It was Ovi Jr.’s first chance at being part of an All-Star weekend. His father hasn’t participated at All-Star since 2018, either because of COVID-19 or injuries. The last time his dad played in an All-Star event, Sergei hadn’t been born.

    Alex Ovechkin has 812 goals. He only trails Wayne Gretzky’s 894 in NHL history.

    And later in the night, Ovi Jr. got to center a line alongside his dad and Pittsburgh great Sidney Crosby. They each got an assist on a goal that Sergei scored – beating Roberto Luongo, the Florida great who came out of retirement for All-Star weekend.

    Said Ovechkin after his son scored: “I think he’s really enjoying it.”


    Luongo got to be part of one more All-Star competition.

    In a building where a banner bearing his No. 1 jersey hangs – he’s the only former Panthers player to have that distinction – Luongo was a celebrity goaltender during the Breakaway Challenge during the Skills Competition on Friday night.

    He stopped his lone shot in the breakaway, off the stick of Toronto’s Mitch Marner. On one hand, Marner is the Maple Leafs’ leading scorer this season. On the other hand, he was also wearing a white suit, sunglasses and a light blue T-shirt to keep with a “Miami Vice” theme.

    Luongo, who was regaled by “Luuuuu” chants from the Florida fans all night, was up to the challenge. Marner tried to beat him to the glove side, but Luongo got enough of it to make the save – then flopped forward to cover up the rebound, the smile clearly seen through his mask.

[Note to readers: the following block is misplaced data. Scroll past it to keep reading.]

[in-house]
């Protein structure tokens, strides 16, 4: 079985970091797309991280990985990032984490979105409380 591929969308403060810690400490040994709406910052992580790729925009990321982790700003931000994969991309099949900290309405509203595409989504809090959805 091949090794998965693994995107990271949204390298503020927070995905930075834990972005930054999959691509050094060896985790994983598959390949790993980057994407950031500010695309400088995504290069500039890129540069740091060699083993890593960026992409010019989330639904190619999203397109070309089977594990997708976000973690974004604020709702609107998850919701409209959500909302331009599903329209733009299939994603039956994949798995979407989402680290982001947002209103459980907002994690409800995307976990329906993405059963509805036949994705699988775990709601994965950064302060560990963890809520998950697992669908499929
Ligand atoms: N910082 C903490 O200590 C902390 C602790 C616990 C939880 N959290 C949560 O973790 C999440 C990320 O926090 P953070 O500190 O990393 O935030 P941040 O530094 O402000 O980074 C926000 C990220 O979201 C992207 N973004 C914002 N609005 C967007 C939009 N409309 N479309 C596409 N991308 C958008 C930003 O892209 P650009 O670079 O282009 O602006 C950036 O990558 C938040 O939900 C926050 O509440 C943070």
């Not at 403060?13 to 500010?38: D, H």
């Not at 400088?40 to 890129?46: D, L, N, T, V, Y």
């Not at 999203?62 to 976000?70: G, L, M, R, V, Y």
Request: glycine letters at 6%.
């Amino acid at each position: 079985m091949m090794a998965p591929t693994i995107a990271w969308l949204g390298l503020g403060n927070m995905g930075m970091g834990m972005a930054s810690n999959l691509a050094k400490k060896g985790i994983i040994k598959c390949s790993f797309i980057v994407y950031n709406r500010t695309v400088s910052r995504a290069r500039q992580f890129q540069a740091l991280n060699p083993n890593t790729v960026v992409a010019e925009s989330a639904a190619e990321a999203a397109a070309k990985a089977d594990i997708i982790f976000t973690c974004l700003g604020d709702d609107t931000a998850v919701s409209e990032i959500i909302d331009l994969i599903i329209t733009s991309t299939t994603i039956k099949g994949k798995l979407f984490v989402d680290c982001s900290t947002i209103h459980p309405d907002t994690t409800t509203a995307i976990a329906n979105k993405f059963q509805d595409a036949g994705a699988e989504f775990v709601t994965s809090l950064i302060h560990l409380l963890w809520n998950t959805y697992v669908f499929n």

“You got too close,” Luongo told Marner.

    Later, Luongo told ESPN during the telecast of the event that “this is my house. This is my home right here. The crease is my home.”

    Luongo’s pads paid tribute to his career – the design depicted his time both as a member of the Panthers and the Vancouver Canucks. They were a gift from CCM for his making the Hockey Hall of Fame.

    “I’d never put the pads on since I retired,” Luongo said. “First time I put them on was this week. Felt pretty good.”

    He also took part, and scored a goal, in a Florida alumni game on Wednesday night. But if there’s more alumni games, Luongo suggested he might jump back into the net.

    “It back some good memories tonight to be in the blue paint, hearing the chants,” Luongo said. “Maybe one day we’ll hear them again.”


    Sergei Ovechkin – who knocked a shot into an open net during a stoppage of the skills events – wasn’t the only child who got a great view of the night.

    Philadelphia forward Kevin Hayes has his 3-year-old nephew Beau with him for All-Star weekend. Beau’s father was Jimmy Hayes, Kevin Hayes’ brother.

    Jimmy Hayes was 31 when he died in 2021 with fentanyl and cocaine in his system. He played for four NHL teams, including Florida.

    Kevin Hayes is part of an All-Star weekend for the first time.